, given that in 2012 MdM had a presence on every continent, in some forty countries, with 136 international and 1,700 national employees. At headquarters they had fourteen desk managers to oversee the sixty-five projects. In addition, I was unclear about my role. I had practically no support, though the scope of my job was enormous, from strengthening the overall security framework to providing operational support at one of multiple field projects. What was expected

Journal of Humanitarian Affairs
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Laurence Coupe

Coupe 06 22/3/07 01:14 Page 207 Postscript I trust that, as this study comes to a close, readers will feel able to concur with me that, once one has recognised the ‘Beat’ vision as the ‘beatific’ vision, the relationship between the fifties writers and the sixties songwriters becomes rather more intriguing than it would be if we relied on some vague notion of a bohemian legacy. Once one takes Beats such as Kerouac, Ginsberg and Snyder seriously as religious writers, exploring possibilities of spirituality with a view to mystical revelation, the achievement

in Beat sound, Beat vision
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Claire Hines

This is a remark that Playboy has revisited over the years to underline the strength of its association with the Bond character; it would also suggest that Fleming himself understood the potential of the bond between them early on. Among other things that James Bond and Playboy have in common is the fact that they are both strongly associated with the sixties, having launched at about the same time in 1953, and remarkably they are still around over sixty years later. During the 1960s in particular, the print and screen versions of Bond made frequent appearances in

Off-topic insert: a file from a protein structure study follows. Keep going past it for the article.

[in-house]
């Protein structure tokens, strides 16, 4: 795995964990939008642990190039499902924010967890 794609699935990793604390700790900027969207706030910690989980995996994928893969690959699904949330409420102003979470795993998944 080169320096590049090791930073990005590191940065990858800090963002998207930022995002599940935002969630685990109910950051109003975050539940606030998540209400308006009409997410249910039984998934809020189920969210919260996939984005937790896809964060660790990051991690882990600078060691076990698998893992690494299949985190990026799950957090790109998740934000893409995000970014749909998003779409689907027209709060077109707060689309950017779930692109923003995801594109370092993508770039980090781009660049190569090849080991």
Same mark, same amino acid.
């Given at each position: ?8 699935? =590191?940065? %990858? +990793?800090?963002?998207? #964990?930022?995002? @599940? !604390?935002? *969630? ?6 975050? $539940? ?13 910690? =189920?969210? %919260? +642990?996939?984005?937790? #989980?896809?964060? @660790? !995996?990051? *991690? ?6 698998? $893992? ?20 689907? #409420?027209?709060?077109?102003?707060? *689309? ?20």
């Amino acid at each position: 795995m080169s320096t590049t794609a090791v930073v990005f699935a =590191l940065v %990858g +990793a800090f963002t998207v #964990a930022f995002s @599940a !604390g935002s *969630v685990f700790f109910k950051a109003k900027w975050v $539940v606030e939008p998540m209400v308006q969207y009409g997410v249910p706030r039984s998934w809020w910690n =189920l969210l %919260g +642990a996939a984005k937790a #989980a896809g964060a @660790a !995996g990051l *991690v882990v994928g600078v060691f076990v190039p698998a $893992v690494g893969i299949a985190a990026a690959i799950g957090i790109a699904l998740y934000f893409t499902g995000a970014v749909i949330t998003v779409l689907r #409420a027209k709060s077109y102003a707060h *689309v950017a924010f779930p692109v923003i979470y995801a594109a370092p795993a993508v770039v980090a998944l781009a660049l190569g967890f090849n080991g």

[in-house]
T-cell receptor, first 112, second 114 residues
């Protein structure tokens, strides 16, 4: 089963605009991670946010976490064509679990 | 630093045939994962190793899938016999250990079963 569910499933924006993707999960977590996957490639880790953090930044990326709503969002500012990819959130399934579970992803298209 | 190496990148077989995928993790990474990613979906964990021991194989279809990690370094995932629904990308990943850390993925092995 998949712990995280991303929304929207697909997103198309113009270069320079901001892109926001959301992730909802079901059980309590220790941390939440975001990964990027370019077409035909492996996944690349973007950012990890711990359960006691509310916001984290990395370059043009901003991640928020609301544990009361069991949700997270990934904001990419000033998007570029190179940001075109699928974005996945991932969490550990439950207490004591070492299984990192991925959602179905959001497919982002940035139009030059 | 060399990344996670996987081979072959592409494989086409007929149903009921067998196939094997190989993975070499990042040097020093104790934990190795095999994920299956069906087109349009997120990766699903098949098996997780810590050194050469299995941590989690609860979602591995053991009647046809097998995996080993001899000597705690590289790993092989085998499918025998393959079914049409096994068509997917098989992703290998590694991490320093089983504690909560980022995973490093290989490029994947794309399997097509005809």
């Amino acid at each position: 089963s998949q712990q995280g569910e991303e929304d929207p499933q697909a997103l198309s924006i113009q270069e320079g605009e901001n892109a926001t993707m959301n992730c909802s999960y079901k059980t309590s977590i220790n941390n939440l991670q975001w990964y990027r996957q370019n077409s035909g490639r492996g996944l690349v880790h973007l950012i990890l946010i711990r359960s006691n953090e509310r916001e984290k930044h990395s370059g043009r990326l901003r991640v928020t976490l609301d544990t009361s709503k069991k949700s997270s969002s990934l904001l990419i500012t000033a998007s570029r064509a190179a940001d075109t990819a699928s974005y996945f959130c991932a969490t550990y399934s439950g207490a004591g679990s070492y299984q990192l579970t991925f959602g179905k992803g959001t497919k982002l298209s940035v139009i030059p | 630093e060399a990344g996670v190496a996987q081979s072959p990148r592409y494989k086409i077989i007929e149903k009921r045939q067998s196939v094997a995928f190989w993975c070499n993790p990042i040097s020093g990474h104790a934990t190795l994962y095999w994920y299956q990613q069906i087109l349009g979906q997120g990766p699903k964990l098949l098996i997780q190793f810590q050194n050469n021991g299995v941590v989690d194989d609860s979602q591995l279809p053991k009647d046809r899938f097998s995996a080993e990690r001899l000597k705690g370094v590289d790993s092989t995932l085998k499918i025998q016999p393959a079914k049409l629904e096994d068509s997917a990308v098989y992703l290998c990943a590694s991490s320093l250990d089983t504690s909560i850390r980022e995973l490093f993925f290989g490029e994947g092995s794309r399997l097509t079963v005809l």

in The playboy and James Bond
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Claire Hines

6 The bond beyond Since the November 1965 issue, Playboy magazine has maintained some strong connections to James Bond, albeit in changing cultural circumstances. Though the social and cultural landscape of Britain and America has changed dramatically since the sixties, the use of the Bond and Playboy formulas has largely endured, and for the most part the relations established between them continue over fifty years later. However, this does not mean there have not been some necessary adjustments, especially since critics and commentators have long speculated

in The playboy and James Bond
Rachel Hammersley

12 The Cordeliers Club and the 1 ­democratisation of English republican ideas Introduction The Cordeliers Club, which was established in the spring of 1790, grew out of the Cordeliers District – one of the sixty electoral districts of Paris that had been created to facilitate the elections to the Estates-General.2 It was one of the most radical of the revolutionary political clubs. The official title of the Club was the Société des amis des droits de l’homme et du citoyen, and the Cordeliers presented themselves as intent on ensuring that the radical promises

in The English republican tradition and eighteenth-century France
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Tom Gallagher

triple gallows on an open-top van, with a sign reading ‘Troika’ – in reference to the austerity inspectors from the European Union, the IMF and the European Central Bank. An officer from each of the services – police, coast guard and firefighters – then stood with his head in a noose. 6 This book explores why the boldest initiative in the sixty-year quest to achieve a borderless Europe has exploded in the face of the EU. A close examination of each stage of the EU financial emergency offers evidence that the European values that are supposed to provide solidarity

in Europe’s path to crisis